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December 2009

The power board I had figure out how to fit previously. I remounted it and added in a bracket to
help hold it down bolted under the coil. The coil is a Lucas sports coil of course.

Ah, the wiring. Four little photos to describe what was hours and hours of work. The loom I am using
isn't original but is rather a modern one from Advance Auto Wire in the states. The loom uses
much thicker wire than original and also provided more relays and fuses than normally found in
an MGB. Most of the wires come from the power block so with that mounted I could start routing cables.
A large bundle passes through the firewall into the dash area. A smaller bundle goes under the car
to the starter, gearbox then onto the rear of the car. I started from the furthest points and worked
in carefully routing the cables. I find velcro straps handy to temporarily hold the bundles until you
are done. The wires are colour coded but I also added masking tape to each end labelling what they
all were. With the wires in place I bound them with wiring loom tape. This is different to
normal PVC electrical tape in that is isn't as sticky so won't leave as much residue. After the loom
was in place I put sprial wrap over it all for protection.

All connections were crimped then soldered then, in the case of spade types, heatshrunk. It pays to use the
right crimp tools. Don't try using the cheap ones you get bundled with things. They are rubbish. The
bullet connectors were soldered by holding the wire in place with vice grips with plastic tubing on
the jaws so as not to damage the wires. You strip the wire, put the bullet over the top, heat it with
a soldering iron then feed solder in through the small hole in the top. To push the bullets into the
connectors I used a tool as described on Paul Hunt's site
made from the handles of an old pair of pliers. These worked a treat! I must admit the wiring took
me ages. Not because I didn't know how. Electronics has been a hobby of mine for years and I paid
my way through uni working as an electronics technician and again when I was on my OE in England. I
am very familiar with wiring and soldering and so on. Just to do a good job and do it well does take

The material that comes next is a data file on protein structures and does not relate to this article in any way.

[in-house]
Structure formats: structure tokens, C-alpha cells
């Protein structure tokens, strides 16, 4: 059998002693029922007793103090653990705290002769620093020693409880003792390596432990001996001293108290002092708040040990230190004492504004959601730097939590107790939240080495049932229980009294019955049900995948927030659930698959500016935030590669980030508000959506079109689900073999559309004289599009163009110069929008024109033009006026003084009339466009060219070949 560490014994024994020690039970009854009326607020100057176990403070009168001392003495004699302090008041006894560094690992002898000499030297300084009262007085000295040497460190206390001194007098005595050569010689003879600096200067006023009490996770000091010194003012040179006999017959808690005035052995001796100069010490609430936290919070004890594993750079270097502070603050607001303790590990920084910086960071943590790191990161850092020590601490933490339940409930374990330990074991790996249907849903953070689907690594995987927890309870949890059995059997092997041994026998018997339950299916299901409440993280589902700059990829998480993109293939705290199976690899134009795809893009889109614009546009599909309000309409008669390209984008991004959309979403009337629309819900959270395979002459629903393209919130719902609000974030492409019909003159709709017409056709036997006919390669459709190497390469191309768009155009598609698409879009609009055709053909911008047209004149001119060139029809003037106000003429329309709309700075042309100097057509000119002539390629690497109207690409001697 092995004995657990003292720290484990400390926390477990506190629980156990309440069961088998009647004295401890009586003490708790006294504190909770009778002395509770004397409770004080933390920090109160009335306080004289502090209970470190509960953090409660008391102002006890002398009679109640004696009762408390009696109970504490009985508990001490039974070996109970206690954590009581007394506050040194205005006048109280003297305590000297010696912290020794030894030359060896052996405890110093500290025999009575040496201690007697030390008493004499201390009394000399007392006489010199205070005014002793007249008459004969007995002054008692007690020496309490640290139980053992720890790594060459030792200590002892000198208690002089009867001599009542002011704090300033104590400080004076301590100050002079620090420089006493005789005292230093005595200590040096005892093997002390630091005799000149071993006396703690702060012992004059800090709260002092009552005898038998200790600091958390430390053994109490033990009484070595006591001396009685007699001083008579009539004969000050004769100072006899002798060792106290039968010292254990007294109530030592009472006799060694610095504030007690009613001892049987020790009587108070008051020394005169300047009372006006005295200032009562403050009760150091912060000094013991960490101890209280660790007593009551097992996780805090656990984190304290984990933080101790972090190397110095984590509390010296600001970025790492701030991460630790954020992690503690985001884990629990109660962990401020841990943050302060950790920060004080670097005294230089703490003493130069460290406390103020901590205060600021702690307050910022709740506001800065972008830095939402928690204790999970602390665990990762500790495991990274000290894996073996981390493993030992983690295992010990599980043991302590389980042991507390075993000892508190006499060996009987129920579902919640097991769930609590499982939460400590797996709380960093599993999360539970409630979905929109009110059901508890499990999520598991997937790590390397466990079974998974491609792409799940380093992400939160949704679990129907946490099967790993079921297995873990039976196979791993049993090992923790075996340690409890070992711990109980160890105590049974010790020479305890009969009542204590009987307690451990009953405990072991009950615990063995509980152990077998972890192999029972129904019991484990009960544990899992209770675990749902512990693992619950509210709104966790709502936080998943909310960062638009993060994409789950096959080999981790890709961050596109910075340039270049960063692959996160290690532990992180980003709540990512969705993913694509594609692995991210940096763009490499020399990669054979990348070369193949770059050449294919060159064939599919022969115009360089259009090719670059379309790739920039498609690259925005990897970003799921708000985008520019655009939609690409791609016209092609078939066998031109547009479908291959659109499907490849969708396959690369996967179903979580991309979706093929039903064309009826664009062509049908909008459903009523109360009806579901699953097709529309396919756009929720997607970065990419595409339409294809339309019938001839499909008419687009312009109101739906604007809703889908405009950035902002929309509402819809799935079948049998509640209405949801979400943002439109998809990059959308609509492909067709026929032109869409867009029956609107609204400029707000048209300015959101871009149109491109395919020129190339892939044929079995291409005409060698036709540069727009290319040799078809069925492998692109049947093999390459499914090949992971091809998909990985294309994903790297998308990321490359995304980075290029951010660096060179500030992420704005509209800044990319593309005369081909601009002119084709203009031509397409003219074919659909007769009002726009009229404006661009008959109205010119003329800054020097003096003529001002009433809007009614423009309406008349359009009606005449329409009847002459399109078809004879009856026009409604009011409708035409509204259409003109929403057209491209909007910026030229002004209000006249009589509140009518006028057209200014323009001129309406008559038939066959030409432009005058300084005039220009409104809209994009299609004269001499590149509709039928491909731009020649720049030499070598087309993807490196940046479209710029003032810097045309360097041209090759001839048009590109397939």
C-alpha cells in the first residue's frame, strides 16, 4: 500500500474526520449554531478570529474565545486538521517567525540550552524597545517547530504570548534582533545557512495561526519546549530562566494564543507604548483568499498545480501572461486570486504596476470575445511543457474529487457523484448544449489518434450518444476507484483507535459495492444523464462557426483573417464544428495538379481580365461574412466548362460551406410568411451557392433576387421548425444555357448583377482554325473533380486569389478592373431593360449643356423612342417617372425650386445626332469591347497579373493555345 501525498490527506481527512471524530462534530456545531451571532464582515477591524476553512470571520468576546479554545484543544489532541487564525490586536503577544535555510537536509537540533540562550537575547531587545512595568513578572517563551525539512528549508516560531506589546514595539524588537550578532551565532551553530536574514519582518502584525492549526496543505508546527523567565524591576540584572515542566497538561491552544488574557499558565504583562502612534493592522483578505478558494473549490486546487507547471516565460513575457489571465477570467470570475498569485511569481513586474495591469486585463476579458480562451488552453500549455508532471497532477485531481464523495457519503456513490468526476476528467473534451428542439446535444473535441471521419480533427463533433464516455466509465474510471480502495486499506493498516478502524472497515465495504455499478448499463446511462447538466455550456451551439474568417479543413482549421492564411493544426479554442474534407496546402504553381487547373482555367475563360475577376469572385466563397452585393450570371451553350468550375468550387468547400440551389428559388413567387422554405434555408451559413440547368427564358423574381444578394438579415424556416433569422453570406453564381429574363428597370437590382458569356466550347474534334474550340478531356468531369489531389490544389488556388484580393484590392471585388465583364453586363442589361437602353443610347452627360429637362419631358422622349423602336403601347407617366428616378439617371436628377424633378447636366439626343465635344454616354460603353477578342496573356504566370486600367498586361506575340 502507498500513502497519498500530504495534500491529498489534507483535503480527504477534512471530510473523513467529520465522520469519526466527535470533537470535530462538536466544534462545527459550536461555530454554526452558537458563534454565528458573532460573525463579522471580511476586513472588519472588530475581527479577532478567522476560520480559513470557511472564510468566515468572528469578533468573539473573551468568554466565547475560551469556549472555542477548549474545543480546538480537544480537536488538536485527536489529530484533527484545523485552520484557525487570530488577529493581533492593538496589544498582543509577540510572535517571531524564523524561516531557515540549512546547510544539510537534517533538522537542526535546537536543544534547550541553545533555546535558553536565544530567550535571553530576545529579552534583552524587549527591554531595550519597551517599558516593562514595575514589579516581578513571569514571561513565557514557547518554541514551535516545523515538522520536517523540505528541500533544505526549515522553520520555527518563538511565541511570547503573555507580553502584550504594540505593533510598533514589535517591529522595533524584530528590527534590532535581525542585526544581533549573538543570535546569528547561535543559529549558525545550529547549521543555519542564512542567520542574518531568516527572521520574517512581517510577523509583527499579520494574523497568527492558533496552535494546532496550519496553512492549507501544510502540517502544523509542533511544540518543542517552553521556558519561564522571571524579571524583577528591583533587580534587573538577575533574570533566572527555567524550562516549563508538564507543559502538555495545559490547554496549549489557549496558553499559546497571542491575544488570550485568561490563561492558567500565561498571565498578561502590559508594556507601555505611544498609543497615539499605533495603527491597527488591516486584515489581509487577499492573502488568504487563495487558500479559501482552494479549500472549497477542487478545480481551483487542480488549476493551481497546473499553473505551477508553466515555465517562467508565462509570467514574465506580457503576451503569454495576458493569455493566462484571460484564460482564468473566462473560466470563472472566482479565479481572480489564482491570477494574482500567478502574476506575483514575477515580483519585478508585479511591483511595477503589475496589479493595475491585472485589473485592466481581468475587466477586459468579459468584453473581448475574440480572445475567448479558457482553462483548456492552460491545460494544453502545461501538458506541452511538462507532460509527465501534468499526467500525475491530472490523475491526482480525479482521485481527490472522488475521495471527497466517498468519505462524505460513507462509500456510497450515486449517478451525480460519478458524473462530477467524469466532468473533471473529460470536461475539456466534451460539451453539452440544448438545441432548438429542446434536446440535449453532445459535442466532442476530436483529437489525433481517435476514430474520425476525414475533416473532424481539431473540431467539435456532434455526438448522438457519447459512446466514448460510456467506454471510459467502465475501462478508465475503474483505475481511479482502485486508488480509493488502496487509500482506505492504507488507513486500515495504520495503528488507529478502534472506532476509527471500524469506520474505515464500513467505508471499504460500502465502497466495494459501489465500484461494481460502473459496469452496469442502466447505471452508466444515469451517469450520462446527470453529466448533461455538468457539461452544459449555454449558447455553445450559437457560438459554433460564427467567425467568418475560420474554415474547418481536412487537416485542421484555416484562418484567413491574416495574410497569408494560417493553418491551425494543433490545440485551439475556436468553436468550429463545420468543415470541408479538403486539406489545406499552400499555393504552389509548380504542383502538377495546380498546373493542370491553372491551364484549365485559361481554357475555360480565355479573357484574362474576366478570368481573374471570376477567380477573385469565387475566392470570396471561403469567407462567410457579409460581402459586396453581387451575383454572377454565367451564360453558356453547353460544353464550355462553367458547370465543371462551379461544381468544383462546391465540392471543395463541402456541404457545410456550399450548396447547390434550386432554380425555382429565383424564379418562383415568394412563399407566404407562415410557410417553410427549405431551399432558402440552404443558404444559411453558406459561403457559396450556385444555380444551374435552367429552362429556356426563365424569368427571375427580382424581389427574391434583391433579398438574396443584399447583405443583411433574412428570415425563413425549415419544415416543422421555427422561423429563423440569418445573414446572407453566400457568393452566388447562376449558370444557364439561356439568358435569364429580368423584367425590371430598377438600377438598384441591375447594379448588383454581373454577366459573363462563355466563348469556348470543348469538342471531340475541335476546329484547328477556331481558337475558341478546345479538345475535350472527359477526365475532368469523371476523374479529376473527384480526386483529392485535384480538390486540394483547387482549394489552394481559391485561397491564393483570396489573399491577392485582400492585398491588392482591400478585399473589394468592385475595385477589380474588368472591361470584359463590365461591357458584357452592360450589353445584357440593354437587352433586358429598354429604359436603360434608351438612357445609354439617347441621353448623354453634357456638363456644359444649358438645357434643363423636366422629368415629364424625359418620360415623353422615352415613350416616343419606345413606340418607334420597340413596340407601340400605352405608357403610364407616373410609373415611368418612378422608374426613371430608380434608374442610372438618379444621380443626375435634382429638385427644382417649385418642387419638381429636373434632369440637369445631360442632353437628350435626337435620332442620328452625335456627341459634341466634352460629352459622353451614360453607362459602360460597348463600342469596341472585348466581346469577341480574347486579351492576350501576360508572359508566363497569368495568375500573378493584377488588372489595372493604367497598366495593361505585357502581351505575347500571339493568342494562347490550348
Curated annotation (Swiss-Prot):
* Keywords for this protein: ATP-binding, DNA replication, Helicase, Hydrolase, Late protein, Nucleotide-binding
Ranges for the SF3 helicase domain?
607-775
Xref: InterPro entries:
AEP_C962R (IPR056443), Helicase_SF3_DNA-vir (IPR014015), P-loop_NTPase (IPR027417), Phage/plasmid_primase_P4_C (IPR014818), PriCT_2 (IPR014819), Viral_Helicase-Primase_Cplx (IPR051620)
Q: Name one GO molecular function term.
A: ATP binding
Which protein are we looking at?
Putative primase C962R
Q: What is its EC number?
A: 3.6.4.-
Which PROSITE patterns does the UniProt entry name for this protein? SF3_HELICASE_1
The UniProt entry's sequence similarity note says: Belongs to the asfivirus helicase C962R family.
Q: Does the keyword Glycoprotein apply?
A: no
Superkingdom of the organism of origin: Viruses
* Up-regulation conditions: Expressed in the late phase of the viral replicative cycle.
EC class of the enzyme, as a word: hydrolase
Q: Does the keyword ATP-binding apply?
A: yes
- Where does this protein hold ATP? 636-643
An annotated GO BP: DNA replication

a long time. A lot of it has to be done squished into the footwells and trying to reach up behind
the dash. Definitely a job you can't rush if you want to do it well.

While doing the wiring I also fitted an alarm. More bloody wiring to add! I fitted it up under the
passenger side of the firewall. The siren is mounted under the bonnet on the flat space to the side
of the heater unit with wires running into the car. I fitted an microwave sensor to the alarm
that fits under the carpet of the transmission tunnel pointing up. Anyone entering the car or even leaning
over it with the top down will trigger the alarm. The microwave sensor will work fine through fabric and
carpet but steel will block it.

The alarm also had a central locking output so, as seen earlier, I removed the external door locks and
added central locking actuators instead. These are mounted in the rear of the doors. The work by
pulling or pushing on a pull rod. I found I was able to bend the rod on the lock that the normal
key lock operates. By twisting it through 90 degrees I was able to get it to point downwards. Then
it can easily be connected to the actuator push/pull rod with the little metal connector blocks that
came in the kit. To be honest I am not sure door locks are really needed on my B since I almost
always have the top down anyway!

Finally the engine bay with the wiring and alarm in place. I also added a windscreen washer bottle which
is the white thing to the top right. I had to angle it somewhat to make it fit but it still holds
plenty of fluid. That also doesn't get much use because I tend to always have the top down!

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Copyright © 2004-2010 Simon Jansen